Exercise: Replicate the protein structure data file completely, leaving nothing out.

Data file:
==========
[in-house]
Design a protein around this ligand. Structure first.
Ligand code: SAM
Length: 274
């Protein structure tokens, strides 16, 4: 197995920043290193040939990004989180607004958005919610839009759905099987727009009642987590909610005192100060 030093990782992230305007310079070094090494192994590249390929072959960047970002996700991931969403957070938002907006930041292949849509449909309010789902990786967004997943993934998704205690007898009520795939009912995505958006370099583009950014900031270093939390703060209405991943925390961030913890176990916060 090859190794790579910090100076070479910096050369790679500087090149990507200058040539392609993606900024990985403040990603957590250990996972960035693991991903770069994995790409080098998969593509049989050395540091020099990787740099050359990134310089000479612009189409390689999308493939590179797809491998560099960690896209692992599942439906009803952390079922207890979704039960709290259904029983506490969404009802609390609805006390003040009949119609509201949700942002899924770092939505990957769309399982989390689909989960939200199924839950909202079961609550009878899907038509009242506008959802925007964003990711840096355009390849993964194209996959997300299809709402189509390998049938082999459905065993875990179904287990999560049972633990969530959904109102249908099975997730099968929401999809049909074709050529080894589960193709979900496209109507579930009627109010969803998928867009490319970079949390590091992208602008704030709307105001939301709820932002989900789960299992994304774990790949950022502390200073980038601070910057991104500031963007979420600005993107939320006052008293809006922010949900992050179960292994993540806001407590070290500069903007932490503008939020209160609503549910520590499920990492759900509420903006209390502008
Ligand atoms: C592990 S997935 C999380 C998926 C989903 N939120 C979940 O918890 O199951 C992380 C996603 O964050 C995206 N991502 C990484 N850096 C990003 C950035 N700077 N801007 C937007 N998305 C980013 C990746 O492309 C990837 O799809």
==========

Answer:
[in-house]
Design a protein around this ligand. Structure first.
Ligand code: SAM
Length: 274
């Protein structure tokens, strides 16, 4: 197995920043290193040939990004989180607004958005919610839009759905099987727009009642987590909610005192100060 030093990782992230305007310079070094090494192994590249390929072959960047970002996700991931969403957070938002907006930041292949849509449909309010789902990786967004997943993934998704205690007898009520795939009912995505958006370099583009950014900031270093939390703060209405991943925390961030913890176990916060 090859190794790579910090100076070479910096050369790679500087090149990507200058040539392609993606900024990985403040990603957590250990996972960035693991991903770069994995790409080098998969593509049989050395540091020099990787740099050359990134310089000479612009189409390689999308493939590179797809491998560099960690896209692992599942439906009803952390079922207890979704039960709290259904029983506490969404009802609390609805006390003040009949119609509201949700942002899924770092939505990957769309399982989390689909989960939200199924839950909202079961609550009878899907038509009242506008959802925007964003990711840096355009390849993964194209996959997300299809709402189509390998049938082999459905065993875990179904287990999560049972633990969530959904109102249908099975997730099968929401999809049909074709050529080894589960193709979900496209109507579930009627109010969803998928867009490319970079949390590091992208602008704030709307105001939301709820932002989900789960299992994304774990790949950022502390200073980038601070910057991104500031963007979420600005993107939320006052008293809006922010949900992050179960292994993540806001407590070290500069903007932490503008939020209160609503549910520590499920990492759900509420903006209390502008
Ligand atoms: C592990 S997935 C999380 C998926 C989903 N939120 C979940 O918890 O199951 C992380 C996603 O964050 C995206 N991502 C990484 N850096 C990003 C950035 N700077 N801007 C937007 N998305 C980013 C990746 O492309 C990837 O799809």